The presented evidence must show that the property owner was responsible for the unsafe condition at the spot where the slip and fall incident has taken place.
Questions that seek to obtain essential insight into reported incident
• Who were the liable parties?
• Should there be a liability charge against a contractor or a manager?
• Had the installer of any feature or any element on the owner’s property been too careless, when carrying out an assigned task?
• Were any of the charged individuals negligent?
• Had the plaintiff been careless?
• Did the plaintiff’s own actions contribute to accident’s occurrence?
Theory of liability: the possible reasons for holding the property owner responsible for a given slip and fall incident.
The owner’s failure to recognize the dangerous nature of the site where the plaintiff slipped and fell: He or she should have recognized the dangerous condition of that specific spot.
Evidence that the property owner had helped to create the unsafe conditions at the spot where the plaintiff slipped and fell.
Evidence that the owner’s scheduled procedures had not included any that could guarantee the identification and removal of an unsafe object.
The inability to identify an acceptable reason for the hazard that ultimately caused the plaintiff to slip and fall.
No effort had been made to alter the hazard that caused the fall, so that it would become less dangerous.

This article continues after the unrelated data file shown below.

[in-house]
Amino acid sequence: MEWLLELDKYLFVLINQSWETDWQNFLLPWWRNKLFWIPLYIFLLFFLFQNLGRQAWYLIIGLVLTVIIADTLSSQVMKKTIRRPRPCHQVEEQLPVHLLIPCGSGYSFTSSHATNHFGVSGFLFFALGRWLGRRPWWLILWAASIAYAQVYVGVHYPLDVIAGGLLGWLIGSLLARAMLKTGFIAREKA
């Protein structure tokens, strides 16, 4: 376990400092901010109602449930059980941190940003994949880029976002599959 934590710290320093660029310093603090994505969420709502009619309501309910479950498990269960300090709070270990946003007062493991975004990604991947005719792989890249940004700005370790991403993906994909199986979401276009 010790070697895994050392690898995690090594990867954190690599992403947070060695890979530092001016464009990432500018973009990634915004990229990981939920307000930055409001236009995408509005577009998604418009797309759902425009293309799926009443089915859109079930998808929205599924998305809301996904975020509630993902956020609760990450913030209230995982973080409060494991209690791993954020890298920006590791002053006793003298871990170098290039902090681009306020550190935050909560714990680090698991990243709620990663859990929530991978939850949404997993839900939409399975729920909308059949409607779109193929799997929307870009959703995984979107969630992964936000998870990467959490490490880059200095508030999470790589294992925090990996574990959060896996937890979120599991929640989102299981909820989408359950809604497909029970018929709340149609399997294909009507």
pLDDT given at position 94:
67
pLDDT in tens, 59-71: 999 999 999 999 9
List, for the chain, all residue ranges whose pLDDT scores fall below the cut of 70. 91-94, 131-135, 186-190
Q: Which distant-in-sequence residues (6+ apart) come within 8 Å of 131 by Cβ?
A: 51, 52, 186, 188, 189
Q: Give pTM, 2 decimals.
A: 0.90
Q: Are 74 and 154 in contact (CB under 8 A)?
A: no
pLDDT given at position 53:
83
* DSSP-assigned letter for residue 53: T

No effort had been made to place some type of warning at that particular spot.
Possible grounds for a defense of the property owner
The personal injury lawyer in St Thomas knows that the defendant will try to prove that the plaintiff had failed to wear a sturdy pair of shoes. Additionally, they might say that the plaintiff had wandered into a location that had been marked “off limits.” Or it is possible that they want to say that the plaintiff’s eyes had not been focused on the objects in the anticipated path of travel.
Before the plaintiff’s decision to enter that dangerous area, he or she had been warned about the possible consequences for such an action. During earlier interactions with the defendant, the plaintiff’s comments had sought to downplay the dangerous aspects of the area where the slip and fall incident took place.
The warning created by the property’s owner proved inadequate, and did not keep people from entering the dangerous region of that same property. The contractor had failed to complete the building project in a manner that met the owner’s expectations, even though the owner had paid the same contractor. An inspector hired by the property’s owner had failed to discover the element of danger in the inspected area.
One of the devices used by the inspector, while taking measurements, had been poorly designed, so that it did not provide the user with an accurate reading.